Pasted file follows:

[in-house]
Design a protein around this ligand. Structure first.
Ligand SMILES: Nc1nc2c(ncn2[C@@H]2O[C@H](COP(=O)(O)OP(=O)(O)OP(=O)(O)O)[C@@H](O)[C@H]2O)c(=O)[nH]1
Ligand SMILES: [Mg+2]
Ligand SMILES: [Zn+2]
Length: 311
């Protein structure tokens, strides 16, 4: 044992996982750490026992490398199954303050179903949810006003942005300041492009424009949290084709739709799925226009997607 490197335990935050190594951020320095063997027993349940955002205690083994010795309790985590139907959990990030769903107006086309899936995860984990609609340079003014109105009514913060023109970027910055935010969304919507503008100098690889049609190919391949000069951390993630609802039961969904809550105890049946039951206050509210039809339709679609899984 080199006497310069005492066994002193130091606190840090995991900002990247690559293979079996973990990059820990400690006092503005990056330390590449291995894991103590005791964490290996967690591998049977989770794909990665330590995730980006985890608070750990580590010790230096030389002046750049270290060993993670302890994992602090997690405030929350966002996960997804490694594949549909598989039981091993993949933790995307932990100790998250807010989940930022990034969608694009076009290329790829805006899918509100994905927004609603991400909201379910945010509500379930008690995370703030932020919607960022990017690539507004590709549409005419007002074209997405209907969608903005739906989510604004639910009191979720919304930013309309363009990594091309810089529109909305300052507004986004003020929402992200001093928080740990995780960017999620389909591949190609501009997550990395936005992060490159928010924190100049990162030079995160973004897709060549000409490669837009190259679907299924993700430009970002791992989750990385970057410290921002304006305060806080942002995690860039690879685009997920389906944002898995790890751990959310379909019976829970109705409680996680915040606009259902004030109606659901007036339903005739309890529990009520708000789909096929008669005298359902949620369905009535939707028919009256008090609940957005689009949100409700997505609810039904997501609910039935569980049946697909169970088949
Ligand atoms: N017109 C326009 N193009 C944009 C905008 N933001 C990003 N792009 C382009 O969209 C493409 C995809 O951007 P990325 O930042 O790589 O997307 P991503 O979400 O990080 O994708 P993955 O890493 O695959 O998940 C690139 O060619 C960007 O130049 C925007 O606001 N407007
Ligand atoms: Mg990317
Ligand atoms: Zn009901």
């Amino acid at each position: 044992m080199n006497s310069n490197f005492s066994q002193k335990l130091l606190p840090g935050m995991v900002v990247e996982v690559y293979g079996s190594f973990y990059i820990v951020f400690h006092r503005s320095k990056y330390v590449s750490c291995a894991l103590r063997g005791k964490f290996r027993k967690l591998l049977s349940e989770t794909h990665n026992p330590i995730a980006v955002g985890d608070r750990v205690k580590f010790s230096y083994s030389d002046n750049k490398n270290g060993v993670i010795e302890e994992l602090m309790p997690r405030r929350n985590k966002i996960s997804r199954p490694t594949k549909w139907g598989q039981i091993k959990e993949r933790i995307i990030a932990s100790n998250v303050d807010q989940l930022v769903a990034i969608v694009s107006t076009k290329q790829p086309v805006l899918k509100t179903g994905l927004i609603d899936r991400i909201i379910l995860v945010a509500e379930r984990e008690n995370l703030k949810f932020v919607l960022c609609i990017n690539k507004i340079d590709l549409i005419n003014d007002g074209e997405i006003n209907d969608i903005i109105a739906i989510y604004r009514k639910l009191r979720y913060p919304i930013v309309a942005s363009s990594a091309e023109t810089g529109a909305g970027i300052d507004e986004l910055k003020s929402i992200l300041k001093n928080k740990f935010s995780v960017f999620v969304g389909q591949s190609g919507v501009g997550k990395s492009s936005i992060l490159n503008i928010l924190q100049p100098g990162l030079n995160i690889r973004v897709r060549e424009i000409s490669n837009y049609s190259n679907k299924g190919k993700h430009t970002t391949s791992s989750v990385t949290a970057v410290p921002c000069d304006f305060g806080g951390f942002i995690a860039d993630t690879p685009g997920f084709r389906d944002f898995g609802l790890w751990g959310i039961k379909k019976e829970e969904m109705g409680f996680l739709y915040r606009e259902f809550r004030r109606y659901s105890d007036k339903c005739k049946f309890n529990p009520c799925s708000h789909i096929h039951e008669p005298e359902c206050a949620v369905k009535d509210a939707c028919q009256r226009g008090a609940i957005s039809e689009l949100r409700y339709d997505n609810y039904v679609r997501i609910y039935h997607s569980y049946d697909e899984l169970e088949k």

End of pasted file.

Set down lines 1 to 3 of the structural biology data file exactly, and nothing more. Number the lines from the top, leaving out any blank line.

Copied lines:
[in-house]
Design a protein around this ligand. Structure first.
Ligand SMILES: Nc1nc2c(ncn2[C@@H]2O[C@H](COP(=O)(O)OP(=O)(O)OP(=O)(O)O)[C@@H](O)[C@H]2O)c(=O)[nH]1